“Without the slightest doubt, Cardento is my once-in-a-lifetime horse, the most successful, the horse I’ve had the longest, and the one that has meant the most to me. He has given me my best moments on the course and my worst.”
The now legendary and crucial test ride of Cardento is etched in Peter Eriksson’s memory. “It was a nice autumn day in November, it immediately felt like it was a talented horse, a four-year-old. I jumped an obstacle of 1m50 with him, maybe not strictly something that is really advisable with a young horse, but he made it as simple as it could possibly be. He had incredible capacity and scope, a very capable horse.” Eriksson continued by saying; “As I recall, the stallion committee representatives were more hesitant about his particular movement pattern. I was very enthusiastic, to say the least, but he moved differently, this was 1996 and the whole concept of performance stallions was new.”
When Cardento came to Sweden and Flyinge in January 1997, Peter Eriksson began to prepare the stallion, as a five-year-old and with a good 100-day test from Germany on his resumé, he was entered as a performance stallion into the SWB stallion test that year. “It was jumping before the board, and that same year a number of stallions were approved who later did well in the sport: Levantos II (Liostro - Andra II x Cantus); Greve Molke (Irco Marco - Ultra x Utrillo); Cagliostro (Calando I - Zilia x Liostro); Calino (Calando - Larissa x Landgraf I); King Marco (Irco Marco - Caravelle xx x Carnoustie xx); and Lord Alberth (Little Boy - Algebra x Aladin Z).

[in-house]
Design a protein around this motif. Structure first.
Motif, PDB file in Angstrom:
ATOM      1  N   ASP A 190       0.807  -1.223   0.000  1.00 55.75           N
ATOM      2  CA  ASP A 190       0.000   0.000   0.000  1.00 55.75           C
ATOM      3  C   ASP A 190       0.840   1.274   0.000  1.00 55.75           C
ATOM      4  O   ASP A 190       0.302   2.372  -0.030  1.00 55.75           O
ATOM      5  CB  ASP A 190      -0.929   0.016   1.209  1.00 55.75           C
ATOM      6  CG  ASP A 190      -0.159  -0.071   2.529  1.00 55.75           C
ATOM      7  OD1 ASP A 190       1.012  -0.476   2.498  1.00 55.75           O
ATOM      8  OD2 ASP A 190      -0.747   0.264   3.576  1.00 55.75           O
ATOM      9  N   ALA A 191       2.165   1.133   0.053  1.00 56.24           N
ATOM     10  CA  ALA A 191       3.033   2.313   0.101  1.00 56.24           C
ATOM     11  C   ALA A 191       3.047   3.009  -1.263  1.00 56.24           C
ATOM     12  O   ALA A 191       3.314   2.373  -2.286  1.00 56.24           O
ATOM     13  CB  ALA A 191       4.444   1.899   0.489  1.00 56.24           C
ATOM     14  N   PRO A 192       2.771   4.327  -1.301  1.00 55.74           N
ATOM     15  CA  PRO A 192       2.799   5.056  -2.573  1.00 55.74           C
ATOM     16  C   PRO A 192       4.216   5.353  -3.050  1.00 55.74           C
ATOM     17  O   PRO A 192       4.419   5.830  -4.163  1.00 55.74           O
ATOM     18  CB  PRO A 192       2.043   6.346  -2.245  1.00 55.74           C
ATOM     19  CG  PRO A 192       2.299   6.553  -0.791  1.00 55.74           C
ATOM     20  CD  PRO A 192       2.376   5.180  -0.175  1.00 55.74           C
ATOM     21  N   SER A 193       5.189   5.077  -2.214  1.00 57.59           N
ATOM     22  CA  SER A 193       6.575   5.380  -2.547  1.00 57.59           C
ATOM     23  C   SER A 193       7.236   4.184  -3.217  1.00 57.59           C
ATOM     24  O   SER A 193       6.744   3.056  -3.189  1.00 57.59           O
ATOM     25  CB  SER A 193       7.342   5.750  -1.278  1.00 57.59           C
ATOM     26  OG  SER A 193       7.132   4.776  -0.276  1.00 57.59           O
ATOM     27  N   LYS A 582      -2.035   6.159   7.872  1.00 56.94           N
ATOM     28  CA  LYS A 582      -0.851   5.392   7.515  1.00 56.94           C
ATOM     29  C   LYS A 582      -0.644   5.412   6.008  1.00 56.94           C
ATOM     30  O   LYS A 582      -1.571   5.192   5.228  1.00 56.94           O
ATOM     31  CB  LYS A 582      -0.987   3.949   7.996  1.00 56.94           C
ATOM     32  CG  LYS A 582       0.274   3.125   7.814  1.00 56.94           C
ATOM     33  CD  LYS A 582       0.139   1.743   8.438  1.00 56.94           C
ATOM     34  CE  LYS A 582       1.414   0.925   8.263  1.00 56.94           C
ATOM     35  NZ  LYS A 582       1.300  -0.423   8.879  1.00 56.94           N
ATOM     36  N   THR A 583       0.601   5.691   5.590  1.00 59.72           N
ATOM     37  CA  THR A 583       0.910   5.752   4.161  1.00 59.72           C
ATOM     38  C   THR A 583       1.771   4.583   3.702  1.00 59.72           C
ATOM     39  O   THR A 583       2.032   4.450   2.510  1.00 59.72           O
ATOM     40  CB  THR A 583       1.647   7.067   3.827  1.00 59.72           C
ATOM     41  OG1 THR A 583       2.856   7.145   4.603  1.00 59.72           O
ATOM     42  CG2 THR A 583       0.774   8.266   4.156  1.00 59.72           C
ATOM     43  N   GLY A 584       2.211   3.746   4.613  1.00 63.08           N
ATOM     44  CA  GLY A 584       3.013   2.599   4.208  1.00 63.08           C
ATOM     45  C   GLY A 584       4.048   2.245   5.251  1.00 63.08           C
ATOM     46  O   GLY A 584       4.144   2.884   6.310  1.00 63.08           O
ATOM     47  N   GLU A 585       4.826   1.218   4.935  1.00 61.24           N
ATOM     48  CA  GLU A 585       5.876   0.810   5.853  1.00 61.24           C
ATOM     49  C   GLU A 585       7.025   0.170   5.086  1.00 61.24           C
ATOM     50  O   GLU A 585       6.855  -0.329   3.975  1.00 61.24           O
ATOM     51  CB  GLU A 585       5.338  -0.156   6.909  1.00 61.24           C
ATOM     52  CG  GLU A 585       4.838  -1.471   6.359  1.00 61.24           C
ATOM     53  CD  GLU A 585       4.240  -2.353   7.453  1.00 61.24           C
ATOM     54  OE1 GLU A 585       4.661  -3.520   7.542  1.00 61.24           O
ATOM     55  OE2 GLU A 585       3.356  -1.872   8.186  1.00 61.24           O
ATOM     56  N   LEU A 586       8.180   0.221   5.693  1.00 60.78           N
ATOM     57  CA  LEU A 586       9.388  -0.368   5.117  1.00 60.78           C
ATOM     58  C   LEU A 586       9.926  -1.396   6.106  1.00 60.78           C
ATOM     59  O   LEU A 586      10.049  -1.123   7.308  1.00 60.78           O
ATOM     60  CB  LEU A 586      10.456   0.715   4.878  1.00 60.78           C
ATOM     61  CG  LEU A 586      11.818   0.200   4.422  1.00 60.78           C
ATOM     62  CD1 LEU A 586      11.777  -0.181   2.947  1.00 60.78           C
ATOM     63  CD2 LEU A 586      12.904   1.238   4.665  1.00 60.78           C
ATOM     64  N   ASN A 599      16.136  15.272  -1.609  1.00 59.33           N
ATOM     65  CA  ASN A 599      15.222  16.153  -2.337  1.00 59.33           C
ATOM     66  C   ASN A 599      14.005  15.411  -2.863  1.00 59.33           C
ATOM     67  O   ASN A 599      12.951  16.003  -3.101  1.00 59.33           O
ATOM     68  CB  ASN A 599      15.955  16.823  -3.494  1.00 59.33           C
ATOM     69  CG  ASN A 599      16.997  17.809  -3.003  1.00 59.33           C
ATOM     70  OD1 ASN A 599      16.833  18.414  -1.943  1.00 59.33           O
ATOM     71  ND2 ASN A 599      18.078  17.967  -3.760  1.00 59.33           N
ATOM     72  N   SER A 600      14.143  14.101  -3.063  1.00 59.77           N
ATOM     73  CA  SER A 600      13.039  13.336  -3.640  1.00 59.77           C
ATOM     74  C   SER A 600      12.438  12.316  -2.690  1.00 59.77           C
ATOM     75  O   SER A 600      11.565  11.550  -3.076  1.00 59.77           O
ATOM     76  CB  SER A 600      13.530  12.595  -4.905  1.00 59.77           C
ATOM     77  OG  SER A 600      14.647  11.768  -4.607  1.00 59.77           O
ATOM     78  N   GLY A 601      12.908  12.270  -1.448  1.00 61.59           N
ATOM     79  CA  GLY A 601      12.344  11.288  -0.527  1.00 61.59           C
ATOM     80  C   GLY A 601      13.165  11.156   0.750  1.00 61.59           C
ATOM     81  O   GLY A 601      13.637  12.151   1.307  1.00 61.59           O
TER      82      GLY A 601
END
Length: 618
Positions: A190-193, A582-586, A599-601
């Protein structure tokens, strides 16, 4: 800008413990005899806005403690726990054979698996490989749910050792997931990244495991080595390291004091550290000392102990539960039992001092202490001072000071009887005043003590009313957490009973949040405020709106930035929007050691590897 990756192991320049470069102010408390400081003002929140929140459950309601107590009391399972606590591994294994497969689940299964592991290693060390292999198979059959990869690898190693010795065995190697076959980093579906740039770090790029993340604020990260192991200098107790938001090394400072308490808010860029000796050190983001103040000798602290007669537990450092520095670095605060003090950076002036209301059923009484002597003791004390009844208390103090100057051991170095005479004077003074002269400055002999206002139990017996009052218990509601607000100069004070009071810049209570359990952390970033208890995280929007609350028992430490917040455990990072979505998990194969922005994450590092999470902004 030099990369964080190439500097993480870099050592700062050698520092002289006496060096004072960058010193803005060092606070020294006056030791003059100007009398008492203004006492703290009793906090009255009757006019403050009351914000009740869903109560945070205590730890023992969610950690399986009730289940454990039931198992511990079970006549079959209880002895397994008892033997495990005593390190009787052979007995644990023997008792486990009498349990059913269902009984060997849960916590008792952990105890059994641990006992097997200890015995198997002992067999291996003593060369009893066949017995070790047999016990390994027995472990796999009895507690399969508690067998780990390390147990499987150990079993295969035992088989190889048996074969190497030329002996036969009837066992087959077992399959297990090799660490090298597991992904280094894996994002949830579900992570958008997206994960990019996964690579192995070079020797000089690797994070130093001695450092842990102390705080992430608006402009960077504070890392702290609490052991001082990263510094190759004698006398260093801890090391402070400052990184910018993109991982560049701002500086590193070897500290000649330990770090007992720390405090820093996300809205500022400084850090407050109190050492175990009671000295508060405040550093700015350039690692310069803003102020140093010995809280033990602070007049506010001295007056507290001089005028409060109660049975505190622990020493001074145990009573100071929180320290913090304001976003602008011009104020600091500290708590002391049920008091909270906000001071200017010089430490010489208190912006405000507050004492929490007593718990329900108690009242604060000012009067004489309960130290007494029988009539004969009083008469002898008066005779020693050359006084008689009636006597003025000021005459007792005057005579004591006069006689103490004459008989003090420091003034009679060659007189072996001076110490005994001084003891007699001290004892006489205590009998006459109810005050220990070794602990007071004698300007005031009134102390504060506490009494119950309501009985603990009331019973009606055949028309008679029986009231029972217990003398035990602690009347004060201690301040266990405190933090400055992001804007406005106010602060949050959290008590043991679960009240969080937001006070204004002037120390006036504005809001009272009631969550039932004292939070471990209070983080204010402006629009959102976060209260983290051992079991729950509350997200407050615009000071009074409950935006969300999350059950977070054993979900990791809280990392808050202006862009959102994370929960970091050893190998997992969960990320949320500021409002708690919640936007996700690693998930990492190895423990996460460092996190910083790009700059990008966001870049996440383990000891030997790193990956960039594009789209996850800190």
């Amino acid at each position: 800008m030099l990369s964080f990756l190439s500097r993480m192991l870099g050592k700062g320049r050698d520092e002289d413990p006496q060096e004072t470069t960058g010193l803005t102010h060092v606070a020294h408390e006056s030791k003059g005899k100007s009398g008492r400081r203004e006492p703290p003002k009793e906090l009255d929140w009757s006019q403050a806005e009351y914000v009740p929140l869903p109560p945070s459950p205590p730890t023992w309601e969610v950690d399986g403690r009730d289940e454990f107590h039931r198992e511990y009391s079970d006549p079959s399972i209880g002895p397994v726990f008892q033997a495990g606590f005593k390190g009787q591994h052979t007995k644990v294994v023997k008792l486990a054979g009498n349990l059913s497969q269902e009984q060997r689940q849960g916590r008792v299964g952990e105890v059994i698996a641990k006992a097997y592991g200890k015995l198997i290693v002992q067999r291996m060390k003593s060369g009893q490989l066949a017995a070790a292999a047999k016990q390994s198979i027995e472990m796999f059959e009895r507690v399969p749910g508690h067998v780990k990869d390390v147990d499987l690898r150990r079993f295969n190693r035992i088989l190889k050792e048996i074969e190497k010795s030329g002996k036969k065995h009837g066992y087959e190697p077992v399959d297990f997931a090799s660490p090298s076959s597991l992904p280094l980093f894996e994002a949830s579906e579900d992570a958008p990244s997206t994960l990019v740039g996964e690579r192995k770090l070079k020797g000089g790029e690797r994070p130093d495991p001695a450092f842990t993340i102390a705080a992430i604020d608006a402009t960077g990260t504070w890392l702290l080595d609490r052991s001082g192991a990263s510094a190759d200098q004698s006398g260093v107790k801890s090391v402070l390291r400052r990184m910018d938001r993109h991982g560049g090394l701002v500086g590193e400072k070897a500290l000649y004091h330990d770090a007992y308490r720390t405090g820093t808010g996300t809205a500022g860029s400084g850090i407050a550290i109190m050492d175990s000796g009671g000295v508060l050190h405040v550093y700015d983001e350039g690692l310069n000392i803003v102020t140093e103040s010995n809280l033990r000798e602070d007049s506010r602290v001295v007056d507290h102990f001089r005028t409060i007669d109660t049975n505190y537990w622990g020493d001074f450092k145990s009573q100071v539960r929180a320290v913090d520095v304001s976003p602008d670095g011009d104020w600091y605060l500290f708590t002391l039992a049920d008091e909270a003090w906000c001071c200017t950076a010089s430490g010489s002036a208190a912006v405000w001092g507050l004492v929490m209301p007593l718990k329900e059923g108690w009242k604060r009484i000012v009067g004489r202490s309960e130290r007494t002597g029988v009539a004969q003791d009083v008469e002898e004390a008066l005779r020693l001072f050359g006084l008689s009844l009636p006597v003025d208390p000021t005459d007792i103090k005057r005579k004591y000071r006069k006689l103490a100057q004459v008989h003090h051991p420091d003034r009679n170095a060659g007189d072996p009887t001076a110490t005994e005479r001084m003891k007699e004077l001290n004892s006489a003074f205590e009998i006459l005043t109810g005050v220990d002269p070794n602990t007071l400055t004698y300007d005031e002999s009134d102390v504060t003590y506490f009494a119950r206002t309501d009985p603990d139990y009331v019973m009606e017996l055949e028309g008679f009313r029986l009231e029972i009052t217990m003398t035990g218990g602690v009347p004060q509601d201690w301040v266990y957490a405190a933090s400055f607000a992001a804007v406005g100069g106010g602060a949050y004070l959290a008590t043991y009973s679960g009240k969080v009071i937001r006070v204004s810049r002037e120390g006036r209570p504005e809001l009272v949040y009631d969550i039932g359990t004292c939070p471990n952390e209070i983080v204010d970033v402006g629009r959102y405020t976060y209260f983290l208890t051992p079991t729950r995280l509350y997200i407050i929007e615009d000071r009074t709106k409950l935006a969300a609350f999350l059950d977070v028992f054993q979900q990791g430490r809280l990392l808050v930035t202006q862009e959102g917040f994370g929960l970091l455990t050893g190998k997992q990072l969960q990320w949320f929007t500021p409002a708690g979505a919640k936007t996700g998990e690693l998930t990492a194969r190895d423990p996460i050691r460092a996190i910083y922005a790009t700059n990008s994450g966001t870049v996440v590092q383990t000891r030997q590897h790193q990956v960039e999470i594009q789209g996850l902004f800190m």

“Cardento was in demand in breeding immediately, even though he still looked a little undeveloped as a five-year-old. He did well in young-horse classes the first two years, but it was only when he was seven and the obstacles became higher that he started to be exceptional. When we started to jump up to 1m40, his results and rideability improved, and he had it very easy from that level on. In fact, in the autumn of his seventh year he went to the indoor Swedish championships and finished sixth. He could not cope fully yet; it was early in his development. In Falsterbo, he finished third in the seven-year-old class, which that year had international seven- and eight-year-olds, and there were only two eight-year-olds ahead of him,” Eriksson explained.
The results started to get better, and one reason was the training from the national team coach Henk Noreen, but above all it was the work that Peter Eriksson put into building the stallion that paid off. They worked a lot on his rideability, placing great emphasis on groundwork and lengthening and shortening his canter strides. According to Eriksson, “The groundwork with a lot of dressage strengthened him, he could do pirouettes and two-time-changes and this improved his gaits. Once I could shorten and collect the canter more, his course results also improved, becoming so good that we were selected for the Sydney 2000 Olympic team. But I then thought that as an eight-year-old he was too inexperienced and not strong enough, so as a rider I made the very difficult decision to decline the spot. In retrospect, it feels good, but at the time you want it so much, but it was right to decline. Instead, I went to Gera in Germany where we won the Grand Prix class, for the first and only time internationally.”
As a nine-year-old, Eriksson and Cardento make their championship debut and rode in the World Cup final in Gothenburg that same year. At the European Championships in Arnhem, it was a team silver and the beginning of a successful era.